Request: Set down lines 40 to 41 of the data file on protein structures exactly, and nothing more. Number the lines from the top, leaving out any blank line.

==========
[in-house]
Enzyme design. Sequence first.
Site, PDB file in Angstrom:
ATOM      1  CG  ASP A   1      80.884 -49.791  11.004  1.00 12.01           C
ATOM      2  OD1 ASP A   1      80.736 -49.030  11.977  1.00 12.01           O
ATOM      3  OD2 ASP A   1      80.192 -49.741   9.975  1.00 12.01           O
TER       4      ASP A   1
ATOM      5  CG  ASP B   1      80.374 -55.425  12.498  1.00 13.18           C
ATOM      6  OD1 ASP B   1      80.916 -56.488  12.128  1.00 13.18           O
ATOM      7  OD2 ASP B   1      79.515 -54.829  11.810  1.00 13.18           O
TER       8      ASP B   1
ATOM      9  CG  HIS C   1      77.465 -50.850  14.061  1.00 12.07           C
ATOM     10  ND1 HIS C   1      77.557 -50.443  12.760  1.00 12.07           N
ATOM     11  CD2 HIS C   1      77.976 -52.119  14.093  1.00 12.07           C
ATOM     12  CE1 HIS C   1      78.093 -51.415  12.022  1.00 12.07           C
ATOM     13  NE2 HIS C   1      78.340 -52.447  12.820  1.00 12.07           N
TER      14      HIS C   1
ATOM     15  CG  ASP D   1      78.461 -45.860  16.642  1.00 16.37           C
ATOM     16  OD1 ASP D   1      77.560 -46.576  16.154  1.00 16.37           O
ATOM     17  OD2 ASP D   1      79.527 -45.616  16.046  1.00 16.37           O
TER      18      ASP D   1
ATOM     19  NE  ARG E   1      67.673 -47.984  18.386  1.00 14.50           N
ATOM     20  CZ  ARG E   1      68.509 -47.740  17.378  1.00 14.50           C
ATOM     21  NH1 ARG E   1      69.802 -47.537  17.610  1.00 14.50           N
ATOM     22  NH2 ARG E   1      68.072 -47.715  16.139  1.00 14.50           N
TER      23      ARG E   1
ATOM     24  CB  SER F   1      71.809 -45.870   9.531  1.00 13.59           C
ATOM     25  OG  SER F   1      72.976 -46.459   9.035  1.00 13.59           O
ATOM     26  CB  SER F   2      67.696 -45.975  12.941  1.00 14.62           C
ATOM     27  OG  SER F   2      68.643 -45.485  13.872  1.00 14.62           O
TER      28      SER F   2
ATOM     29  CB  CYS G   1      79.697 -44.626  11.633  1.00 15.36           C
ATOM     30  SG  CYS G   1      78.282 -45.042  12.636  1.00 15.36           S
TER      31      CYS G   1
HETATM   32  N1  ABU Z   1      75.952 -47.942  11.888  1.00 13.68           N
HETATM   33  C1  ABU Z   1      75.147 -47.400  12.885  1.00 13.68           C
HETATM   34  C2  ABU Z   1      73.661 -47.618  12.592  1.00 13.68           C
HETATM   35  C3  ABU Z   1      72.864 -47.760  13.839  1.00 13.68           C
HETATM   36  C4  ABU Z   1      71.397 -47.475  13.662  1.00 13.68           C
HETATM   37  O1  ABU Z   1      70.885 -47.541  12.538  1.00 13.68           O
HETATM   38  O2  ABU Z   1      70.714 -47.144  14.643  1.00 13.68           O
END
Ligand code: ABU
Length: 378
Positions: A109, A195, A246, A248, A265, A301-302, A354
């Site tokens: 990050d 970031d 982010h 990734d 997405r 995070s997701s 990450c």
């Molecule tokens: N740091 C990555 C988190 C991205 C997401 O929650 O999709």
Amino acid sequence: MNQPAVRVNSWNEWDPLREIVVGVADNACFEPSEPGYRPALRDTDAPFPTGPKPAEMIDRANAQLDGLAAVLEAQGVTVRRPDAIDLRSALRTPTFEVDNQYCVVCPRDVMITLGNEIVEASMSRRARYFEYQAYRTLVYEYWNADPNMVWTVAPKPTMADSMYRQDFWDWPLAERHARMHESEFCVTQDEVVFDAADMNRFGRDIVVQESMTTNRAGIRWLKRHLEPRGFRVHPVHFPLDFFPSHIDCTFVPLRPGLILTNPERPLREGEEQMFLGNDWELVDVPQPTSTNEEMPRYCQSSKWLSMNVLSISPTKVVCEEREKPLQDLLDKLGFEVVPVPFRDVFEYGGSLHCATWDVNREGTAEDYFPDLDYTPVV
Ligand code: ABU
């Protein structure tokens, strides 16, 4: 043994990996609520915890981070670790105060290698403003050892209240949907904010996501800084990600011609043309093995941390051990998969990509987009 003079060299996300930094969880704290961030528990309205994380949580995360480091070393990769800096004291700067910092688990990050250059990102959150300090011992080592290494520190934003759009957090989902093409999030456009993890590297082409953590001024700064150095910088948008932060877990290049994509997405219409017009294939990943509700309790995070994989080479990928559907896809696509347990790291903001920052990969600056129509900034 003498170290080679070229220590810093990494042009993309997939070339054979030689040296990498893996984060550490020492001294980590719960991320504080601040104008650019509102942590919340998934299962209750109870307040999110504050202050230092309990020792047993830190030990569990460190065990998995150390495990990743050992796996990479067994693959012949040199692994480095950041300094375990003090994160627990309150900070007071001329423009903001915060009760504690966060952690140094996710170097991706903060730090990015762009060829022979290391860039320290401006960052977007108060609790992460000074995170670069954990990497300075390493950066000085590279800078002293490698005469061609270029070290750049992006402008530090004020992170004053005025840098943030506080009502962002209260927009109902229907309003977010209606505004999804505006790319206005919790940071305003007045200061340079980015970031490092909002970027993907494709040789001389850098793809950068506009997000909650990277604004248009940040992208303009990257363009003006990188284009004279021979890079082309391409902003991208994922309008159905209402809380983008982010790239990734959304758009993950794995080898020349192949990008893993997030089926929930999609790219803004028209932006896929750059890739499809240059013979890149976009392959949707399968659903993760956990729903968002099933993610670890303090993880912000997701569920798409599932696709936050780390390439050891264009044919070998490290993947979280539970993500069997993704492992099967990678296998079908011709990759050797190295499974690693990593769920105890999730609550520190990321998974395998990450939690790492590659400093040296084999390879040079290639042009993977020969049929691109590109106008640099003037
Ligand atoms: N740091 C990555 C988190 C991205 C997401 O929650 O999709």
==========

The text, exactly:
HETATM   37  O1  ABU Z   1      70.885 -47.541  12.538  1.00 13.68           O
HETATM   38  O2  ABU Z   1      70.714 -47.144  14.643  1.00 13.68           O